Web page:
A good-condition Hasselblad 500 c/m medium-format camera with all the necessary shooting equipment and a great 80mm f/2.8 Carl Zeiss lens can be bought for about $800 these days. It will be anywhere between 20 and 50 years old, shoot beautiful 6cm x 6cm images (about four times as big as normal 35mm film) and be one of the most rewarding photo experiences you can have. The downside? You’ll have to deal with film and all the hassle (and fulfillment!) that comes with shooting analog. Thankfully, if you want to shoot a Hasselblad 500 with the modern convenience of digital, there’s a recently released accessory called the CFV-50c. It replaces the film portion of any Hasselblad since 1957 with a medium-format, 50-megapixel digital sensor, taking a fun camera to play around with and turning into one of the best cameras available on earth if you have $15,000 to spare. I decided to see what it’s capable of by shooting it in the studio, through the tire smoke of a Formula Drift event and heli-skiing in the Canadian Selkirk mountains.
Hasselblad began its dive into camera manufacturing in a rather strange way. In the early years of World War II, the Swedish Air Force managed to capture a German aerial spy camera and asked Victor Hasselblad to design a duplicate for the Allies. Hasselblad famously replied, “No, but I can make a better one.” Between the resulting camera (called the HK7) and the succeeding SKa4, Hasselblad made 342 cameras for the Swedish Air Force during the war while also supplying watch and clock parts.
After the war, Hasselblad began to experiment with civilian cameras, beginning with the 1600 F in 1948 and hitting the nail on the head with the iconic 500c in 1957. From then until it was finally discontinued in 2013, the V-System’s (Hasselblad’s name for their manual, medium-format SLRs) signature modular, cube-shaped design with interchangeable film backs was incrementally improved but remained amazingly similar to the first iteration.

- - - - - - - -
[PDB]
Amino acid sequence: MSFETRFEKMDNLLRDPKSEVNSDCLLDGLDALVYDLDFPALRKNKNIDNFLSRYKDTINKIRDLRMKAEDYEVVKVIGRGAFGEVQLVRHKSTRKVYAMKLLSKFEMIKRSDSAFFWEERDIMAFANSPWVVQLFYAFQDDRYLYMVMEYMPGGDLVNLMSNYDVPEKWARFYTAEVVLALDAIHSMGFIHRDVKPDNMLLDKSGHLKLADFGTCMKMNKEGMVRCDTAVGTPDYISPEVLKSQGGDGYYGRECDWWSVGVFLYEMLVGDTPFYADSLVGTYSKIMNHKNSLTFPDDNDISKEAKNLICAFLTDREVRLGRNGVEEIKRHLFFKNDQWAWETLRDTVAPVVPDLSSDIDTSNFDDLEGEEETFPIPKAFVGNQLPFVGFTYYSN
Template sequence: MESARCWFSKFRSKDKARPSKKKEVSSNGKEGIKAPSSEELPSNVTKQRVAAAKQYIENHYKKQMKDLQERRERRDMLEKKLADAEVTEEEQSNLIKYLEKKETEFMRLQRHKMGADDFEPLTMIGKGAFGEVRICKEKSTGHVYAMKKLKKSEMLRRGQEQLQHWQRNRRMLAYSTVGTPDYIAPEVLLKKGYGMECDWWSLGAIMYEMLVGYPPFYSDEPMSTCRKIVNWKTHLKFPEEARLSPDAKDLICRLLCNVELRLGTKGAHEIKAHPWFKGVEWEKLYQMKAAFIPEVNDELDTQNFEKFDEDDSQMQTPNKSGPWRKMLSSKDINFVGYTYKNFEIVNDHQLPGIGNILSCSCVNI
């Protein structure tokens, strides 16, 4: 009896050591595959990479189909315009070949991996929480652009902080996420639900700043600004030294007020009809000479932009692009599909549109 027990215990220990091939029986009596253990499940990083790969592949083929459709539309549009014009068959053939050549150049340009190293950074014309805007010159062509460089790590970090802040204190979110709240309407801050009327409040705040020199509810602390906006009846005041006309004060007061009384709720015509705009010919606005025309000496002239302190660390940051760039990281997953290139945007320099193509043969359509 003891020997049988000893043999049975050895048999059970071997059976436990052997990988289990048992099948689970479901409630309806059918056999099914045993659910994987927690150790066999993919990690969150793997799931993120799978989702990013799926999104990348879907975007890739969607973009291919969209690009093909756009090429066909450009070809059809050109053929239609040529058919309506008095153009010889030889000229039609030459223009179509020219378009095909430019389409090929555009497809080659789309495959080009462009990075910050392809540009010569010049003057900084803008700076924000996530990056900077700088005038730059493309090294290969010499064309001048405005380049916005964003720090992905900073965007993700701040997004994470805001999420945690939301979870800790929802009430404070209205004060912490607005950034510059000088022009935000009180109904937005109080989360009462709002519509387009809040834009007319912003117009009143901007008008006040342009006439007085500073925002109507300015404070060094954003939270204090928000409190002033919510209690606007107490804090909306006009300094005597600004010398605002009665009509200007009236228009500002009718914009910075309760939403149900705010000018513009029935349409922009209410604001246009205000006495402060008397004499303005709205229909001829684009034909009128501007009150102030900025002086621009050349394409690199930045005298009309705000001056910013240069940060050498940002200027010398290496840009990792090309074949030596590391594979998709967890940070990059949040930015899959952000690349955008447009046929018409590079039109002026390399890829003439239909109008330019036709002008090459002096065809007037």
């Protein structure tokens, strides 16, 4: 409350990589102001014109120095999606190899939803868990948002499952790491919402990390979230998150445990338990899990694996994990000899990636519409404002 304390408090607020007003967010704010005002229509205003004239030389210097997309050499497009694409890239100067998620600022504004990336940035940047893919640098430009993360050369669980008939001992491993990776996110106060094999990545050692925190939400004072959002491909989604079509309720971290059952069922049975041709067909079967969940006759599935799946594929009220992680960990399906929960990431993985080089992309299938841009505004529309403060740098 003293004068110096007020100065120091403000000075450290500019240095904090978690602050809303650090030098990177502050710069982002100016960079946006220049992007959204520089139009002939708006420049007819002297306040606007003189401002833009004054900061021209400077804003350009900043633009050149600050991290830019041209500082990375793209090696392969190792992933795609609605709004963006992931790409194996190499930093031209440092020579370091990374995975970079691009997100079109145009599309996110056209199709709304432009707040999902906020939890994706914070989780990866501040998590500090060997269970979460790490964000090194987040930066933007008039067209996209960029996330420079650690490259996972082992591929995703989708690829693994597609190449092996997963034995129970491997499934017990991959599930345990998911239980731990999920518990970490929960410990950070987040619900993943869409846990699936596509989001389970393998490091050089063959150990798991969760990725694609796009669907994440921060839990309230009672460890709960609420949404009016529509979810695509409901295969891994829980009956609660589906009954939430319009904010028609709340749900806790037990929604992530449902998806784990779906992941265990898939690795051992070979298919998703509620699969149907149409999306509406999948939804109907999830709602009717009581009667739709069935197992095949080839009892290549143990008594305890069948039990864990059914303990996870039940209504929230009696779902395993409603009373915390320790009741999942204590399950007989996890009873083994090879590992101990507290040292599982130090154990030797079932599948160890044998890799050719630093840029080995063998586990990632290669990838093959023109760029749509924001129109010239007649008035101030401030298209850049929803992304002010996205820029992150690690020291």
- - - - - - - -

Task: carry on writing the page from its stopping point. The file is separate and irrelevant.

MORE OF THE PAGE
The Hasselblad’s biggest test came first, and it was one that I frankly wasn’t expecting the camera to pass.
As a result of the camera’s legendary mechanical durability (no doubt aided by the company’s watchmaking history), image quality, ease of use and unbelievable life span it managed to embed itself into popular culture like no other camera. The first color picture of earth, the cover of Abbey Road, and one of the most iconic photos Ansel Adams ever took were all shot on a Hasselblad.
It wasn’t too much of a surprise, then, that although Hasselblad no longer makes their most famous camera, they decided to release the CFV-50c, a digital back specifically designed to match — both mechanically and aesthetically — the design of the 500 series cameras right down to the leatherette cover.
While the CFV-50c looks like it might have been made in 1965, the internals are all 2015. The back attaches just like any standard film back but offers a 50-megapixel CMOS sensor, an ISO range from 100 to 6400, raw file recording to either a computer or compact flash card and compatibility with every Hasselblad camera made since 1957.
Hasselblads have been used in photo studios around the world for the last 50 years, so it seemed only natural to begin my test of the CFV-50c deep inside of GP headquarters with a couple flashes, a pile of white shoes, some summer fragrances and an unsuspecting colleague who needed to be photographed.
This is the exact type of shooting situation that the CFV-50c will be used for most of the time, and it absolutely shows. Like every medium-format camera, the Hasselblad feels perfect with a ton of light, a tripod beneath it and a static subject in front of it. What’s maybe more impressive than the sheer resolution of the digital back is how well the mechanics of the 500c/m and Carl Zeiss optics held up after 30 years. These lenses that (I assume) was sweat on by some West German factory worker as he drove it down the factory line absolutely blew away the hermetically crafted Canon “L” lenses that are used for nearly all of our editorial content. That being said, the 50mm, 80mm and 150mm lenses that I use most often (and which have an average age of about 25 years old) managed to retain all the idiosyncrasies that made them famous in the first place. Their color rendering, depth of field and handling of flare and ghosting are unique to a specific era of Zeiss lenses, and without the CFV-50c they couldn’t be used on a digital camera.
It should come as little surprise that a $15,000 camera performed excellently in ideal shooting conditions — and most digital medium-format cameras have been good at this kind of thing for a while (just about all studio commercial photography you see these days is shot with digital medium format) — but strangely enough, where they’ve always had trouble is where 35mm DSLRs excel. While a Canon 5D’s full-frame sensor can shoot happily at high ISOs in low light, track fast moving subjects with excellent autofocus and keep going in pouring rain thanks to weather sealing, a digital medium-format camera has to be treated like an A-list celebrity, being pampered and coddled before it gives you the excellent performance it’s capable of.